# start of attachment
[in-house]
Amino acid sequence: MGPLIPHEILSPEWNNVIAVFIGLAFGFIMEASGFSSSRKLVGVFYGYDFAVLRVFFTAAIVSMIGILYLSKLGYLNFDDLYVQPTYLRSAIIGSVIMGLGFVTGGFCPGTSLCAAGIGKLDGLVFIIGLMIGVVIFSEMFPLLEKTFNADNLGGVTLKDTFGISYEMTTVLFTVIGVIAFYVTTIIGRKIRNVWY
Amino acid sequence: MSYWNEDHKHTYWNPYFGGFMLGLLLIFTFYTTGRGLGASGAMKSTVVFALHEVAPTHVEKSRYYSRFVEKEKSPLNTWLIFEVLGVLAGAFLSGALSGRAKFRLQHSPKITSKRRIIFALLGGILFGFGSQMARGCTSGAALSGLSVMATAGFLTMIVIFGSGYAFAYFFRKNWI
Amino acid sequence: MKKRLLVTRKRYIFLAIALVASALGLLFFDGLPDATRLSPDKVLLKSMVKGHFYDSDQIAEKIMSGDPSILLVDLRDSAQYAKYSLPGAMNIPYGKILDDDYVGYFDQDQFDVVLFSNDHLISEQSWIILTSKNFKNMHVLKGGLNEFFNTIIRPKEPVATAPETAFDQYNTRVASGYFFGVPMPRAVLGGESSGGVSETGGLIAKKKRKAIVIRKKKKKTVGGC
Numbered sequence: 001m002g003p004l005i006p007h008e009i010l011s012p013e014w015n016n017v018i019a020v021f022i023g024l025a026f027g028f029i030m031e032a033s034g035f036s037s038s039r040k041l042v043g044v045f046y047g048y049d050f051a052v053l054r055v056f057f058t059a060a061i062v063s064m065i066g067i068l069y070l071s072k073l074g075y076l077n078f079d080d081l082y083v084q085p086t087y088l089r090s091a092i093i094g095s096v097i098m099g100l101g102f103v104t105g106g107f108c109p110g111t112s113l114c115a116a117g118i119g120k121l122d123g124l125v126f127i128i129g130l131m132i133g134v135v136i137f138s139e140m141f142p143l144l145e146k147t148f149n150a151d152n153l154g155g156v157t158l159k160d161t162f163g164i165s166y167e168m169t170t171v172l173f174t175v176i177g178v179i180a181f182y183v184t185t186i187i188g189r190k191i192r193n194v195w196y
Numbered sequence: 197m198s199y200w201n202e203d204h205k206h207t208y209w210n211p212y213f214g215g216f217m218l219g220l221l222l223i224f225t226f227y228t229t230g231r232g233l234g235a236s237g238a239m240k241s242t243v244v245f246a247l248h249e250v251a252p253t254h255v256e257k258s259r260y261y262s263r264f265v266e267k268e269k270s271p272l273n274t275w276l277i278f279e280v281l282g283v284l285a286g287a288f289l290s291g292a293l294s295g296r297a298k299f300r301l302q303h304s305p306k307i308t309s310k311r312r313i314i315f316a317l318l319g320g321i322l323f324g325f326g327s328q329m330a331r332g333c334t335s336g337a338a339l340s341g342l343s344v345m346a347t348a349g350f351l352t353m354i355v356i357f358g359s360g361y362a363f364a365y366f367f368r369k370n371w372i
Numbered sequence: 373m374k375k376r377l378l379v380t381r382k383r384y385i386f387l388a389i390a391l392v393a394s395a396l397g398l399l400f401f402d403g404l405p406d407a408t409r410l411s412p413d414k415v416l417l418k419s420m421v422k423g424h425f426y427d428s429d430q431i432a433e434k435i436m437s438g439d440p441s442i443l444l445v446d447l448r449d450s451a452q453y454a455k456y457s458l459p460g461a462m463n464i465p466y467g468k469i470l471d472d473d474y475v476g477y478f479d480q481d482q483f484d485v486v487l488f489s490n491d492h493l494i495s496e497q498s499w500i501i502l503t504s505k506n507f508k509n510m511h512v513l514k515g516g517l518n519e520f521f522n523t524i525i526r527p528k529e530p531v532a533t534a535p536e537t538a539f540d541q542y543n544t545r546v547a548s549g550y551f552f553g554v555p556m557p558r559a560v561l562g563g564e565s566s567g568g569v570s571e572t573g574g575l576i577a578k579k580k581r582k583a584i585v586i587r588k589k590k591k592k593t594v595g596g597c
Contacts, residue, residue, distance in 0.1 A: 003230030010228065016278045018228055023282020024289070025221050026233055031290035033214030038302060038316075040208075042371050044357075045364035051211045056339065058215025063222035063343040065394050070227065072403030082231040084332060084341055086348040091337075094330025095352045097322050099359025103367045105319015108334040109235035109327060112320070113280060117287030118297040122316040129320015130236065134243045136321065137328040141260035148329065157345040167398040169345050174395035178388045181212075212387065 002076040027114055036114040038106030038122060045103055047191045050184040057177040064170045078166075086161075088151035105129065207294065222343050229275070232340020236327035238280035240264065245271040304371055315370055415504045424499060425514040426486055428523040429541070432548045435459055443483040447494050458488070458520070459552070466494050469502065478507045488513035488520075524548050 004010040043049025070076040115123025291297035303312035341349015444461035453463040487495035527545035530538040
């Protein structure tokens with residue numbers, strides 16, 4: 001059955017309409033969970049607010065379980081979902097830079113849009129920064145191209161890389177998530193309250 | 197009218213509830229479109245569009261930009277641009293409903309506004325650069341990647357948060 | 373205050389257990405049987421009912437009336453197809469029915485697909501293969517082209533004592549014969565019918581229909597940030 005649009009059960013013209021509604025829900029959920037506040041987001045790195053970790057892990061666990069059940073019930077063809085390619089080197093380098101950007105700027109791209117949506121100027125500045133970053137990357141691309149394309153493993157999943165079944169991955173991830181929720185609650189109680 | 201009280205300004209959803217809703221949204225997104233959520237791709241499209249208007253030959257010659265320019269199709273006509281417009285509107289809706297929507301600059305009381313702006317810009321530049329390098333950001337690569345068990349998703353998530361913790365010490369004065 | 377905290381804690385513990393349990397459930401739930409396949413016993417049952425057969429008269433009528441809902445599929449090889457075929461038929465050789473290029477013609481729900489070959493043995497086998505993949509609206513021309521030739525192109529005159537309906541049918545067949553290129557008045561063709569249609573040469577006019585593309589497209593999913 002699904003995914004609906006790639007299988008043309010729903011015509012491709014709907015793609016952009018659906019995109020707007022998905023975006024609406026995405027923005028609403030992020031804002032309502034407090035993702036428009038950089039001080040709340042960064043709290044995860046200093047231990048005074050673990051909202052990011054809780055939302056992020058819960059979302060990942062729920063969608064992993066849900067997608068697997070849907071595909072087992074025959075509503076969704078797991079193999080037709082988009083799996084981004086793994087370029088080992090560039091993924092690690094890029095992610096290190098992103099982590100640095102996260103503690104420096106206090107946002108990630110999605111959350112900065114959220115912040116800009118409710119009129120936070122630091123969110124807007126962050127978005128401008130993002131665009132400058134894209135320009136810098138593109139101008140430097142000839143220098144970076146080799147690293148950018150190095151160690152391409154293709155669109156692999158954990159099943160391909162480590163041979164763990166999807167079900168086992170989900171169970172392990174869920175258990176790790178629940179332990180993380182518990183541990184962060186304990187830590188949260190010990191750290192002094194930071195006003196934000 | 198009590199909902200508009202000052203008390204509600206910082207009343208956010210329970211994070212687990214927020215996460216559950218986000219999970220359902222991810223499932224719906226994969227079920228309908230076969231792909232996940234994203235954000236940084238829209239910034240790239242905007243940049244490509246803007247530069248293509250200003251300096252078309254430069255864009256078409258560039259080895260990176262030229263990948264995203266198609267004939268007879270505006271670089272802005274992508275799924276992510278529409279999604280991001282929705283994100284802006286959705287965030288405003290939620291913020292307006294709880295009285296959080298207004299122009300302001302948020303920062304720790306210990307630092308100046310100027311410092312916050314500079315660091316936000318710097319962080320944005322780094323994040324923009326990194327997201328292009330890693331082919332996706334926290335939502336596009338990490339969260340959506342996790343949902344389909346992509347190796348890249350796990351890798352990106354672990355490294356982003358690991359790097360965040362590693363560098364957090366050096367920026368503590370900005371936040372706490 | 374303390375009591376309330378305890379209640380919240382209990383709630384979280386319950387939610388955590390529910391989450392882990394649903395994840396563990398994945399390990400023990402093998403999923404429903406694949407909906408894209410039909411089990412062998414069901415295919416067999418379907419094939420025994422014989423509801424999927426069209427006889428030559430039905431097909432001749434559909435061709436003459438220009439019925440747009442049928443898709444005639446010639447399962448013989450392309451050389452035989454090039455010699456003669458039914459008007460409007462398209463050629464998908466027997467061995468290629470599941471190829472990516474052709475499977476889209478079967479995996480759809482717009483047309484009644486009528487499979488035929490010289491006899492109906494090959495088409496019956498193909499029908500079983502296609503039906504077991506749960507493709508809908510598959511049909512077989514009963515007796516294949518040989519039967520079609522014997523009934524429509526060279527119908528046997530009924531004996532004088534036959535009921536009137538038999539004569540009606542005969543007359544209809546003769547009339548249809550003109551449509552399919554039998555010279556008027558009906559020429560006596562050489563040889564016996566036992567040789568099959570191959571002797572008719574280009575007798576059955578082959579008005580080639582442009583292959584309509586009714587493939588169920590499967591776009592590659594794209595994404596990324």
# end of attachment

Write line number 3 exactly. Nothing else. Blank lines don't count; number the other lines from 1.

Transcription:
Amino acid sequence: MSYWNEDHKHTYWNPYFGGFMLGLLLIFTFYTTGRGLGASGAMKSTVVFALHEVAPTHVEKSRYYSRFVEKEKSPLNTWLIFEVLGVLAGAFLSGALSGRAKFRLQHSPKITSKRRIIFALLGGILFGFGSQMARGCTSGAALSGLSVMATAGFLTMIVIFGSGYAFAYFFRKNWI